6" x 9"
Biography & Autobiography / Historical BIO006000
Conversations with a Dead Man
The Legacy of Duncan Campbell Scott
A major new book about the life and ongoing impact of the controversial figure, Duncan Campbell Scott.
“Mark Abley has undertaken a daunting task: reconciling the Duncan Campbell Scott whose pen inscribed the cultures of Canada’s First Nations in justly celebrated verse, and the same Duncan Campbell Scott who, as the overseer of residential schools and head of Indian Affairs, attempted to erase those same cultures from the pages of history. Abley, a fine poet himself, turns Scott, the bogeyman, into a man of flesh-and-blood, by—in a fine twist—making him into a revenant to be grappled with in regular visitations. The conceit works admirably. Reading Conversations with a Dead Man, I felt as if I had been waylaid, not by a dour Ottawa bureaucrat, by an Ancient Mariner with the most urgent of tales to tell.” —Taras Grescoe, author of Bottomfeeder and Straphanger
“As Canadian biography deepens as a form, it will need books as intrepid, incisive, and compassionate, as this one, and before long Conversations with a Dead Man may be seen as pioneering.” —Charles Foran, author of Mordecai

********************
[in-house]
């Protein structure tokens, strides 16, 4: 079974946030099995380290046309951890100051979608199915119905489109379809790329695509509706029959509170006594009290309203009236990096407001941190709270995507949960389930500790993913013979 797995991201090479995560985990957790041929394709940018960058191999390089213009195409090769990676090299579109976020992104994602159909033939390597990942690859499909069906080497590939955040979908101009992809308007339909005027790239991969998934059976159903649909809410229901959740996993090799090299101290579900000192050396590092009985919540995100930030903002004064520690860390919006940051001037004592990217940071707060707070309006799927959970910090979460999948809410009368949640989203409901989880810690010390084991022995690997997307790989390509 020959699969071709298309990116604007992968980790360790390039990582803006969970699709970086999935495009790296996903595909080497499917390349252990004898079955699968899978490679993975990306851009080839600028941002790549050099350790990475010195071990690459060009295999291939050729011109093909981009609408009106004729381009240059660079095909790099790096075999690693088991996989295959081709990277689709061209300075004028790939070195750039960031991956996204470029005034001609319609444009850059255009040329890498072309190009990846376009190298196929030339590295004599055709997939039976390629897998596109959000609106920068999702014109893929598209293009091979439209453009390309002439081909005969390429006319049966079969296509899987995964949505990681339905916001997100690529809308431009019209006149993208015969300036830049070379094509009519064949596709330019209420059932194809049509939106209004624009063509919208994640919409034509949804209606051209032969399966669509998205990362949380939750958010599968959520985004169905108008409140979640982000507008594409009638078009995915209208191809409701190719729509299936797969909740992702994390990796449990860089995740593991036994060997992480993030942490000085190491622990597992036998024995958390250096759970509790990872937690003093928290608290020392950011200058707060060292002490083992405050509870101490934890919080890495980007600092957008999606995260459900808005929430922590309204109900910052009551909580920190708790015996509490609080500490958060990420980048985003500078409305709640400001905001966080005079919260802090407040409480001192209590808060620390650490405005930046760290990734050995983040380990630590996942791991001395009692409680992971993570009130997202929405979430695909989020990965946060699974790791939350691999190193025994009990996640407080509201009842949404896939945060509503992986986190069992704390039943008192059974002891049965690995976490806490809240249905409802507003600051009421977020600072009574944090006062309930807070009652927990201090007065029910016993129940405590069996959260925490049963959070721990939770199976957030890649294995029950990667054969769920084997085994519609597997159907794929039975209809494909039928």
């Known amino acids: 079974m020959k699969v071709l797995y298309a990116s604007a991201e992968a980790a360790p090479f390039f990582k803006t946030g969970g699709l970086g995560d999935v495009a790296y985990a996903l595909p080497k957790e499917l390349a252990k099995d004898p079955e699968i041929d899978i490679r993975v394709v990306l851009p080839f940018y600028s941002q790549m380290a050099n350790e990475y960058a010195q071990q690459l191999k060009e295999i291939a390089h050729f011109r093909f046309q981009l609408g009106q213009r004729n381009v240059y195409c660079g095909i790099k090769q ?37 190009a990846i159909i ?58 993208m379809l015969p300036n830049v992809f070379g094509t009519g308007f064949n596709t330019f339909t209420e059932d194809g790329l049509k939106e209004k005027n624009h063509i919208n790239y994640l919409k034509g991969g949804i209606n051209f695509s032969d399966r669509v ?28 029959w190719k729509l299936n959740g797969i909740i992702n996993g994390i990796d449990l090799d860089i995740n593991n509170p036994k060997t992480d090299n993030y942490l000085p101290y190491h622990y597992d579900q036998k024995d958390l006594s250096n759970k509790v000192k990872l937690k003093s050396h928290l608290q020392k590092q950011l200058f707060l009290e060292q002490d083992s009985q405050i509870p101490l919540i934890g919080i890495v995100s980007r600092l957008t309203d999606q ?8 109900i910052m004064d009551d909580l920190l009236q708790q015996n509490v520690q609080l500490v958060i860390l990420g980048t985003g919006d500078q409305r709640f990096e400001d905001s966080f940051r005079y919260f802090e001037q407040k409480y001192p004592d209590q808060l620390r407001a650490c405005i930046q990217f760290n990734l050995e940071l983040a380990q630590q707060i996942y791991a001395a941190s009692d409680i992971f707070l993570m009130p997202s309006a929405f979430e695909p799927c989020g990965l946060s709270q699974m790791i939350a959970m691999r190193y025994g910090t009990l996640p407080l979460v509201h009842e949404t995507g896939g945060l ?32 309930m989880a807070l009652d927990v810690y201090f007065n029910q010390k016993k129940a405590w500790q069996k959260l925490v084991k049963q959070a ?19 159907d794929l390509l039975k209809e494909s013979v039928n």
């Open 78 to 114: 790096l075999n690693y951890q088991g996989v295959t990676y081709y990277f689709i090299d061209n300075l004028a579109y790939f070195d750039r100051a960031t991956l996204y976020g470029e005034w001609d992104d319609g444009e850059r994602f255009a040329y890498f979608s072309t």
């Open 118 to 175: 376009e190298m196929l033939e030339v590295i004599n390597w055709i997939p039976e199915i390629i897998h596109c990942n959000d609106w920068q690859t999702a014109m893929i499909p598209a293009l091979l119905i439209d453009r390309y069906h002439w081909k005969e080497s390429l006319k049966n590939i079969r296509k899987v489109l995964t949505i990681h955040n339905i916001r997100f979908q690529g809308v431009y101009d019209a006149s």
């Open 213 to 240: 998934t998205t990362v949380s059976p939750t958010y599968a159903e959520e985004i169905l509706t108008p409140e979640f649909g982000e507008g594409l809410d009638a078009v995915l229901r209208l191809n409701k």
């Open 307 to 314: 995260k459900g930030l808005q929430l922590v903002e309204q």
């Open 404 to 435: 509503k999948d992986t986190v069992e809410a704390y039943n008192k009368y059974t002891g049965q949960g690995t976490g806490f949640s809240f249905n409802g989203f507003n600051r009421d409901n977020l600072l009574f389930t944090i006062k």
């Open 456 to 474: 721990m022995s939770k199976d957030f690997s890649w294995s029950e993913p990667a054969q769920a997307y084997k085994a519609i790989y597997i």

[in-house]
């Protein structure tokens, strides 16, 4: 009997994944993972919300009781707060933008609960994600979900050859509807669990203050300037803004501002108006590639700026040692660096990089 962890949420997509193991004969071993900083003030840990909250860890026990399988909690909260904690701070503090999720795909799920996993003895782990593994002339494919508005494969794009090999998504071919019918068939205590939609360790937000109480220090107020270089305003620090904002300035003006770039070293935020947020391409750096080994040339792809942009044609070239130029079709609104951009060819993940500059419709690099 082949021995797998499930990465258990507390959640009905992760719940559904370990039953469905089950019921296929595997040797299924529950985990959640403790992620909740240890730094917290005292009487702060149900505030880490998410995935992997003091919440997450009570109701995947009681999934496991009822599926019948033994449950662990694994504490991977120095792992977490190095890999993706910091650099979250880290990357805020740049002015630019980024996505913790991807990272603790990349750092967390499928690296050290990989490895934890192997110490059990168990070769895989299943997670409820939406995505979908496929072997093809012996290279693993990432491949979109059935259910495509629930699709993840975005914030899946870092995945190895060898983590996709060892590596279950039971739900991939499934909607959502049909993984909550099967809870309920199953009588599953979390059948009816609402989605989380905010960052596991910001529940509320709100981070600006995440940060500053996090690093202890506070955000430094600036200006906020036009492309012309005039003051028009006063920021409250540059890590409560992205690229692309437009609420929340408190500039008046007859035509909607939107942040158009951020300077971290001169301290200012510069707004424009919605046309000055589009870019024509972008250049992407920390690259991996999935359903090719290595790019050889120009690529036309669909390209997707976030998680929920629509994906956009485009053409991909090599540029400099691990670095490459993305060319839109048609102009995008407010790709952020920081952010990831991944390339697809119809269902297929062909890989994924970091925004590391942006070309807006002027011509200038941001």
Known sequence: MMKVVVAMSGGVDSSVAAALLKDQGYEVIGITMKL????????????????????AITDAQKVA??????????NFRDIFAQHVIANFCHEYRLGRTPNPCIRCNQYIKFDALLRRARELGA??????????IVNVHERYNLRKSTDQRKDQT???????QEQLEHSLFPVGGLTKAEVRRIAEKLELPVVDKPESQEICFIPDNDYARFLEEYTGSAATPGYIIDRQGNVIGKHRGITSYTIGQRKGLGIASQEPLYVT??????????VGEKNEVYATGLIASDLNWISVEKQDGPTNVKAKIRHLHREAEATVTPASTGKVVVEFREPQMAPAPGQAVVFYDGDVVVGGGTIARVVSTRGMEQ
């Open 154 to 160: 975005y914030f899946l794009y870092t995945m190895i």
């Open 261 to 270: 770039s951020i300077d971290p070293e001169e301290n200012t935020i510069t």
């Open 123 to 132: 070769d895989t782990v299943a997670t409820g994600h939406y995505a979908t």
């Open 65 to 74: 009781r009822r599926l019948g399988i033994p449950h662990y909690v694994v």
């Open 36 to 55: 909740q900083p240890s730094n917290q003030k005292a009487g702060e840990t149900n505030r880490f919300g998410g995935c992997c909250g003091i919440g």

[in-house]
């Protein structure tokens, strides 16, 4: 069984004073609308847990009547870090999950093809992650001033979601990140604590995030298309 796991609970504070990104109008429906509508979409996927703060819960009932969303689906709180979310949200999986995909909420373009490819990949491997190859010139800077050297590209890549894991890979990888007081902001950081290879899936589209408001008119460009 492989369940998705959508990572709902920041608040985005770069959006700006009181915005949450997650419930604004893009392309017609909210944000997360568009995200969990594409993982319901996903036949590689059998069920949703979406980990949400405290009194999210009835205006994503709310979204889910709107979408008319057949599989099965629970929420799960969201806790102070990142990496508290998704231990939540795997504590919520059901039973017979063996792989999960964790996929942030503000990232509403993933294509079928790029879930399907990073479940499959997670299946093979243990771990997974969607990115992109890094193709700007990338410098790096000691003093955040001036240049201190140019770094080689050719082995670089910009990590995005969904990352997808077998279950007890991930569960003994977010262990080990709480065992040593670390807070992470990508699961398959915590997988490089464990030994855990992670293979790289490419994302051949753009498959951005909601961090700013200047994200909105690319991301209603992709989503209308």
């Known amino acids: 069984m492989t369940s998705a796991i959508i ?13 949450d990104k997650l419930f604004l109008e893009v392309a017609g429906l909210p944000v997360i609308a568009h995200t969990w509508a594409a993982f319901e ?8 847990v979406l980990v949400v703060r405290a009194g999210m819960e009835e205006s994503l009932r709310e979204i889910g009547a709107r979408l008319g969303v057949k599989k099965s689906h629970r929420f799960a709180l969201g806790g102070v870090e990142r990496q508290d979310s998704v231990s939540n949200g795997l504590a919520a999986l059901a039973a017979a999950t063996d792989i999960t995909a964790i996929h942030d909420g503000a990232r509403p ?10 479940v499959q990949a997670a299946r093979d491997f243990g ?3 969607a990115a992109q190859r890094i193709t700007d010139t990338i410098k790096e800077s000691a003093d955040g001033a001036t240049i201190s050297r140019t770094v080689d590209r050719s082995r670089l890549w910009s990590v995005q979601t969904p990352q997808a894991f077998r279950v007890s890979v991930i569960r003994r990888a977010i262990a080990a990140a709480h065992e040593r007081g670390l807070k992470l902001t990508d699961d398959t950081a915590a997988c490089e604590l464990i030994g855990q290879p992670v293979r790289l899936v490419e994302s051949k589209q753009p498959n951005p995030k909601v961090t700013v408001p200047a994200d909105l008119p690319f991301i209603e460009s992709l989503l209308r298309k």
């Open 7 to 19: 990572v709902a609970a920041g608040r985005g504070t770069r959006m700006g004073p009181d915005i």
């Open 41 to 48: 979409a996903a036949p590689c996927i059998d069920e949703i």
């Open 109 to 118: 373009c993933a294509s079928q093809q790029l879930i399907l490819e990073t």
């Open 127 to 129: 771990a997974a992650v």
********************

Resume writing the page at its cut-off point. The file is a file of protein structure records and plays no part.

As a poet and citizen deeply concerned by the Oka Crisis, the Idle No More protests and Canada’s ongoing failure to resolve First Nations issues, Montreal author Mark Abley has long been haunted by the figure of Duncan Campbell Scott, known both as the architect of Canada’s most destructive Aboriginal policies and as one of the nation’s major poets. Who was this enigmatic figure who could compose a sonnet to an “Onondaga Madonna” one moment and promote a “final solution” to the “Indian problem” the next? In this passionate, intelligent and highly readable enquiry into the state of Canada’s troubled Aboriginal relations, Abley alternates between analysis of current events and an imagined debate with the spirit of Duncan Campbell Scott, whose defence of the Indian Residential School and belief in assimilation illuminate the historical roots underlying today’s First Nations’ struggles.
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